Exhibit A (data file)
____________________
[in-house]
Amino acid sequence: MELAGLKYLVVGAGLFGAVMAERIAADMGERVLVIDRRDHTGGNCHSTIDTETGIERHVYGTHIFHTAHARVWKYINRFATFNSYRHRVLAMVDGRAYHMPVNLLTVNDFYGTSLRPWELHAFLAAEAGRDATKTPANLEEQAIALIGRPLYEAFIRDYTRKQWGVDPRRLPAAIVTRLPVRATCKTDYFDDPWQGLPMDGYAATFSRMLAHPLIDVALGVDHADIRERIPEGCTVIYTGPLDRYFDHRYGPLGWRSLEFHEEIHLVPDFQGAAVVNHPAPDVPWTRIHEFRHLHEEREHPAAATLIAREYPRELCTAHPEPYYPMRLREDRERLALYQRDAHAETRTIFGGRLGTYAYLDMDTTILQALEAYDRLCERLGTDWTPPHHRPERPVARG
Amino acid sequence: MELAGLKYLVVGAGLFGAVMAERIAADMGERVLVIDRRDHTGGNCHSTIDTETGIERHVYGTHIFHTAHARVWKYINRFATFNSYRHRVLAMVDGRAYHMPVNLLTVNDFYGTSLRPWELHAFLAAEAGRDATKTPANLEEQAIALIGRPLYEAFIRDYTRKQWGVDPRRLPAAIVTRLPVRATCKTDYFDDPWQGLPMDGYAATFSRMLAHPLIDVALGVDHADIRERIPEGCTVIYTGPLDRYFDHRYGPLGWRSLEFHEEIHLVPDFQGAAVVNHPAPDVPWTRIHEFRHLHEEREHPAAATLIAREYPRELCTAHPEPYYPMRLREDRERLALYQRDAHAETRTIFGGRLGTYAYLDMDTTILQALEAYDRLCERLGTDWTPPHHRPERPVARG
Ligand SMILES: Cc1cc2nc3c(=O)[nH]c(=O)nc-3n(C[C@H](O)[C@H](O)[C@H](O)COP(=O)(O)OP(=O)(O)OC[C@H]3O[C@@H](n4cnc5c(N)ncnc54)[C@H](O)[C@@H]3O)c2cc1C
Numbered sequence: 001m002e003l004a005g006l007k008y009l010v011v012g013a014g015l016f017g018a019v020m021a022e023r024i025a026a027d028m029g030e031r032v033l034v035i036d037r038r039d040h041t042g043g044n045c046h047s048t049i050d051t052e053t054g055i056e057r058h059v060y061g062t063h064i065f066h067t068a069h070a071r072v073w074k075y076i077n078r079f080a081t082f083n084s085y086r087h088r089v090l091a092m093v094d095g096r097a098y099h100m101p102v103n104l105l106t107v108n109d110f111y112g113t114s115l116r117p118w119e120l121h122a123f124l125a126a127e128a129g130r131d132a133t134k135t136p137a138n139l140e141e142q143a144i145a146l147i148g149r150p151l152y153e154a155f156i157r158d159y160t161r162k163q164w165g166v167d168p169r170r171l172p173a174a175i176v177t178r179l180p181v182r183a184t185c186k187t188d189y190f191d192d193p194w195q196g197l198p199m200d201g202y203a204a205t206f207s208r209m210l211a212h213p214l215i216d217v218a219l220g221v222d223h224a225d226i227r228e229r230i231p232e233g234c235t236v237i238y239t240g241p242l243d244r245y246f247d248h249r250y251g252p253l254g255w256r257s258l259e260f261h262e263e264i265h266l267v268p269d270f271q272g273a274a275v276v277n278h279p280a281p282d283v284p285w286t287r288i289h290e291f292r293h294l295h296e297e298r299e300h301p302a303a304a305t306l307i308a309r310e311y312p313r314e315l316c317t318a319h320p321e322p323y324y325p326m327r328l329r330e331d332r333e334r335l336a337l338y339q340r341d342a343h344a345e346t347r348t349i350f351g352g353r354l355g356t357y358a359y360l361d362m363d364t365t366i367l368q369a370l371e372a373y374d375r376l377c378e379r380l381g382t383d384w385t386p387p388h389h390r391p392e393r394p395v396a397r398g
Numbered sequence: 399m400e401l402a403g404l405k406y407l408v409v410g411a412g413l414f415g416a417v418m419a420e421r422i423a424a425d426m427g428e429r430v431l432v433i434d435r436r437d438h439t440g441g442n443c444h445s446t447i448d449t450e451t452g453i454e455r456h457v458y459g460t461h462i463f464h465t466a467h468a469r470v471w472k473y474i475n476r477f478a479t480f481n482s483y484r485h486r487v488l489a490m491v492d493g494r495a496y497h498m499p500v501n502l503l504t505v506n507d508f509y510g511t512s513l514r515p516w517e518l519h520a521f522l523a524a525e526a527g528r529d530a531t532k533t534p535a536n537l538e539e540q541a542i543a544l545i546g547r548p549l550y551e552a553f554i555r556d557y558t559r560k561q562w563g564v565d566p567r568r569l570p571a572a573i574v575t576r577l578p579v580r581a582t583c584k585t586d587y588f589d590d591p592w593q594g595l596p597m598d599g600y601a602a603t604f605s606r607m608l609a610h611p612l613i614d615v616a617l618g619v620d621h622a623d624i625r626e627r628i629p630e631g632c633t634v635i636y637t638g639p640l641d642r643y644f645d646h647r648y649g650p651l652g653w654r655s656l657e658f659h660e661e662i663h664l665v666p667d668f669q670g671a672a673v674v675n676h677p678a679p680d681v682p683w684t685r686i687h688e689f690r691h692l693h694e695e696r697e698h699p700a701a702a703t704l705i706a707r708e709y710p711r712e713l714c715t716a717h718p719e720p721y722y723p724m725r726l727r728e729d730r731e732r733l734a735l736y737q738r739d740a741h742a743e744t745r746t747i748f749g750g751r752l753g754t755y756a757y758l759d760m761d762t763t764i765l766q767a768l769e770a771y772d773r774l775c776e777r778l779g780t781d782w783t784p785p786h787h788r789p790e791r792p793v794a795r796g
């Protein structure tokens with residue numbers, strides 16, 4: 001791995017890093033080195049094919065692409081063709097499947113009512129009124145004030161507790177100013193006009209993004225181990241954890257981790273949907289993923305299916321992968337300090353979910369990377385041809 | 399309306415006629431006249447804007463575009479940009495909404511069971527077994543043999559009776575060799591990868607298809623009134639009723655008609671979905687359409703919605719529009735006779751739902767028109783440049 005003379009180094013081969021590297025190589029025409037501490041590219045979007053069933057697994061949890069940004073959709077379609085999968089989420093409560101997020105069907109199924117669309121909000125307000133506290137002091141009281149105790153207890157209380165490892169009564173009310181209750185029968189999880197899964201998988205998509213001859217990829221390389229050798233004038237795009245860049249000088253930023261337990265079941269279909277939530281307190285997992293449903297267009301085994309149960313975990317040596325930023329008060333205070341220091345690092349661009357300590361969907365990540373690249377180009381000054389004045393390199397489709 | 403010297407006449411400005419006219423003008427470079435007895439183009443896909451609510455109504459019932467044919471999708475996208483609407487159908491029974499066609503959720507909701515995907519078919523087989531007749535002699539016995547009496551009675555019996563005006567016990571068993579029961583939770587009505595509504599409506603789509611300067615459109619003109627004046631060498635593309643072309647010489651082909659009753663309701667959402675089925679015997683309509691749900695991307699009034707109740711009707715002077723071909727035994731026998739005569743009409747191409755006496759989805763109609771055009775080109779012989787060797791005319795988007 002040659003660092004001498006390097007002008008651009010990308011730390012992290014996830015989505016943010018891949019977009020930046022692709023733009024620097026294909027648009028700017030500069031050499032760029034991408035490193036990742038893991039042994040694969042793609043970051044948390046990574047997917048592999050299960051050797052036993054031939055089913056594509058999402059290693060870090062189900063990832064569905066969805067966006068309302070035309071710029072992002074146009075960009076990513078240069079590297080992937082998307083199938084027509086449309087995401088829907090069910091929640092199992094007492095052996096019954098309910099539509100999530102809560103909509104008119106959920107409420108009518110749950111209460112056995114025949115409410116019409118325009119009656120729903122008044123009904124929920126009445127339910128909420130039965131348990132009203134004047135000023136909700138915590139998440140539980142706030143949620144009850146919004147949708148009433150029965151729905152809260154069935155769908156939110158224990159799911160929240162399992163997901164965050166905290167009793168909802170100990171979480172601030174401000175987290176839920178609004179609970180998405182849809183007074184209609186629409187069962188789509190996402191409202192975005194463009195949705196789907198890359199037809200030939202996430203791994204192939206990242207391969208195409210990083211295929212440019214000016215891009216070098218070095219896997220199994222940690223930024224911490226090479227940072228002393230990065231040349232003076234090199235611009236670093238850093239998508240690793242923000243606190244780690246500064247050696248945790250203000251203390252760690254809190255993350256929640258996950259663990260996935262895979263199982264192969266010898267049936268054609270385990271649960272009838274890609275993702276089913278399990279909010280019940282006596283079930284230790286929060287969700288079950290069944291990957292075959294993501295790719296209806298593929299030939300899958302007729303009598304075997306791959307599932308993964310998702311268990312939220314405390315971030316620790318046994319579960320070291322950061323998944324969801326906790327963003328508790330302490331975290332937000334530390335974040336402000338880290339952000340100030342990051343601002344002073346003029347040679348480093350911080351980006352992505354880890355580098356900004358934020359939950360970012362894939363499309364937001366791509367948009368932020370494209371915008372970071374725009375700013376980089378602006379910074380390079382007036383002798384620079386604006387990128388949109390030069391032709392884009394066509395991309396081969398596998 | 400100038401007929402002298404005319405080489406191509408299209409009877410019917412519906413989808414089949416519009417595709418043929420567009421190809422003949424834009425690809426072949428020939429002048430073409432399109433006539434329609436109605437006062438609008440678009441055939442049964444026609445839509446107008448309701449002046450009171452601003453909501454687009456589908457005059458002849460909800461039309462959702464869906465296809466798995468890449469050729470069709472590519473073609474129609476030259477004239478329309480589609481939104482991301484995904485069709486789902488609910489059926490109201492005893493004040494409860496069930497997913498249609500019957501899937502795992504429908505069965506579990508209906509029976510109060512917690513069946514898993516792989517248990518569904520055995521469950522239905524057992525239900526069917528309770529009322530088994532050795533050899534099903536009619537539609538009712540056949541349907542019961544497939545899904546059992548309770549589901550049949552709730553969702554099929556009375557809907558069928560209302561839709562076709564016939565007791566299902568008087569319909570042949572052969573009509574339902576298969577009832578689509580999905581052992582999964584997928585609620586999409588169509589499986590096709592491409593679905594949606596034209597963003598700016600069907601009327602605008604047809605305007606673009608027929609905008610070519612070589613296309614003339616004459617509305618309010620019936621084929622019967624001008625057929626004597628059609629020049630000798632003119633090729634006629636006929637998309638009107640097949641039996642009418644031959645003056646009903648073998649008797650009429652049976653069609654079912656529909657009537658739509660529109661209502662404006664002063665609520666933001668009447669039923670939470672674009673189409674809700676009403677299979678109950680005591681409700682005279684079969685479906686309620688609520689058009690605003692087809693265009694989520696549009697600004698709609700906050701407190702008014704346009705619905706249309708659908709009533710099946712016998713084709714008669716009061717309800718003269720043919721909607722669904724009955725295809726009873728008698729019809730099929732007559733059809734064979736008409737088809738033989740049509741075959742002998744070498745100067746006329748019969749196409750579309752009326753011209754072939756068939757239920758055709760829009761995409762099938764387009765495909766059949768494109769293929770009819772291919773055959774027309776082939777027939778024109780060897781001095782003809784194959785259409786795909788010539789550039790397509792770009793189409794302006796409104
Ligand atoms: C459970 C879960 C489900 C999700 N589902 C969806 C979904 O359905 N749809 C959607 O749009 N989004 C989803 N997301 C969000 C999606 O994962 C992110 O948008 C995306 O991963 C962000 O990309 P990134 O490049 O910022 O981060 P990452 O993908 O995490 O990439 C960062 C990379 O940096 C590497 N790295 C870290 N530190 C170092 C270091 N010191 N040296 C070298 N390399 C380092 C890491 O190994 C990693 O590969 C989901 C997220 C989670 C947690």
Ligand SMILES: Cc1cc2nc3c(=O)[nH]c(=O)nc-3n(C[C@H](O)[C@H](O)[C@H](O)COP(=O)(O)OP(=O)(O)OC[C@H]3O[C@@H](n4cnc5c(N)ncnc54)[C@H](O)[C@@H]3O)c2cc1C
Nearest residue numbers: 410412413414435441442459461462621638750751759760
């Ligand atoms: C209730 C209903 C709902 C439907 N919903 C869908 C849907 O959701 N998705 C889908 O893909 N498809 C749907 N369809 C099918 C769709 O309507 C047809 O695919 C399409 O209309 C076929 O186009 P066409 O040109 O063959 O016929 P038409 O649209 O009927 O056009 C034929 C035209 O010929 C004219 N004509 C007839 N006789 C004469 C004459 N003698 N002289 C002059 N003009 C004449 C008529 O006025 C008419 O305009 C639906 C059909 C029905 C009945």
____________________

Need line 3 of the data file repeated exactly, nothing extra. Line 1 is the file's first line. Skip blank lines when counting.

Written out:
Amino acid sequence: MELAGLKYLVVGAGLFGAVMAERIAADMGERVLVIDRRDHTGGNCHSTIDTETGIERHVYGTHIFHTAHARVWKYINRFATFNSYRHRVLAMVDGRAYHMPVNLLTVNDFYGTSLRPWELHAFLAAEAGRDATKTPANLEEQAIALIGRPLYEAFIRDYTRKQWGVDPRRLPAAIVTRLPVRATCKTDYFDDPWQGLPMDGYAATFSRMLAHPLIDVALGVDHADIRERIPEGCTVIYTGPLDRYFDHRYGPLGWRSLEFHEEIHLVPDFQGAAVVNHPAPDVPWTRIHEFRHLHEEREHPAAATLIAREYPRELCTAHPEPYYPMRLREDRERLALYQRDAHAETRTIFGGRLGTYAYLDMDTTILQALEAYDRLCERLGTDWTPPHHRPERPVARG